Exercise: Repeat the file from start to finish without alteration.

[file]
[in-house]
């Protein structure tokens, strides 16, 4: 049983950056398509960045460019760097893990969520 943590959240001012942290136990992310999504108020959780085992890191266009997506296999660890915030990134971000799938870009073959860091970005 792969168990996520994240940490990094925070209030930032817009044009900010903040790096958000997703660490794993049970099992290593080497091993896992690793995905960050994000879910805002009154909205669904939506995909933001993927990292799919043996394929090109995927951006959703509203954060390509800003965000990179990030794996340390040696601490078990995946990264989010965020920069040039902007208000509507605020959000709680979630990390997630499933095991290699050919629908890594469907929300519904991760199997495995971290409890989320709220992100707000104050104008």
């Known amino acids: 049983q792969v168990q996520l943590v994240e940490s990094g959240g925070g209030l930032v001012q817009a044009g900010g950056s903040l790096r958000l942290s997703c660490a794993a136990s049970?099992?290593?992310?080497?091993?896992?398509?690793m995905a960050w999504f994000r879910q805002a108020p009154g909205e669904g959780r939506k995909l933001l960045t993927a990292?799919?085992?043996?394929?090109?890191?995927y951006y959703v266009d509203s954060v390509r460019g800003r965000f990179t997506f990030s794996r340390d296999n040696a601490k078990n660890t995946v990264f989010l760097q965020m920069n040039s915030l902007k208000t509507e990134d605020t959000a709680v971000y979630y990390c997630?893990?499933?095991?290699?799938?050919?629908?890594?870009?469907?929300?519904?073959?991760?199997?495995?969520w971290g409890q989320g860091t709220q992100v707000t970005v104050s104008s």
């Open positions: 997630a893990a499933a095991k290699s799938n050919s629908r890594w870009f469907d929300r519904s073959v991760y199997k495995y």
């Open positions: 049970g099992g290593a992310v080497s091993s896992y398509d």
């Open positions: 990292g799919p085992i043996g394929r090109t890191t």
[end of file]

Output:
[in-house]
């Protein structure tokens, strides 16, 4: 049983950056398509960045460019760097893990969520 943590959240001012942290136990992310999504108020959780085992890191266009997506296999660890915030990134971000799938870009073959860091970005 792969168990996520994240940490990094925070209030930032817009044009900010903040790096958000997703660490794993049970099992290593080497091993896992690793995905960050994000879910805002009154909205669904939506995909933001993927990292799919043996394929090109995927951006959703509203954060390509800003965000990179990030794996340390040696601490078990995946990264989010965020920069040039902007208000509507605020959000709680979630990390997630499933095991290699050919629908890594469907929300519904991760199997495995971290409890989320709220992100707000104050104008």
């Known amino acids: 049983q792969v168990q996520l943590v994240e940490s990094g959240g925070g209030l930032v001012q817009a044009g900010g950056s903040l790096r958000l942290s997703c660490a794993a136990s049970?099992?290593?992310?080497?091993?896992?398509?690793m995905a960050w999504f994000r879910q805002a108020p009154g909205e669904g959780r939506k995909l933001l960045t993927a990292?799919?085992?043996?394929?090109?890191?995927y951006y959703v266009d509203s954060v390509r460019g800003r965000f990179t997506f990030s794996r340390d296999n040696a601490k078990n660890t995946v990264f989010l760097q965020m920069n040039s915030l902007k208000t509507e990134d605020t959000a709680v971000y979630y990390c997630?893990?499933?095991?290699?799938?050919?629908?890594?870009?469907?929300?519904?073959?991760?199997?495995?969520w971290g409890q989320g860091t709220q992100v707000t970005v104050s104008s």
């Open positions: 997630a893990a499933a095991k290699s799938n050919s629908r890594w870009f469907d929300r519904s073959v991760y199997k495995y």
């Open positions: 049970g099992g290593a992310v080497s091993s896992y398509d």
């Open positions: 990292g799919p085992i043996g394929r090109t890191t």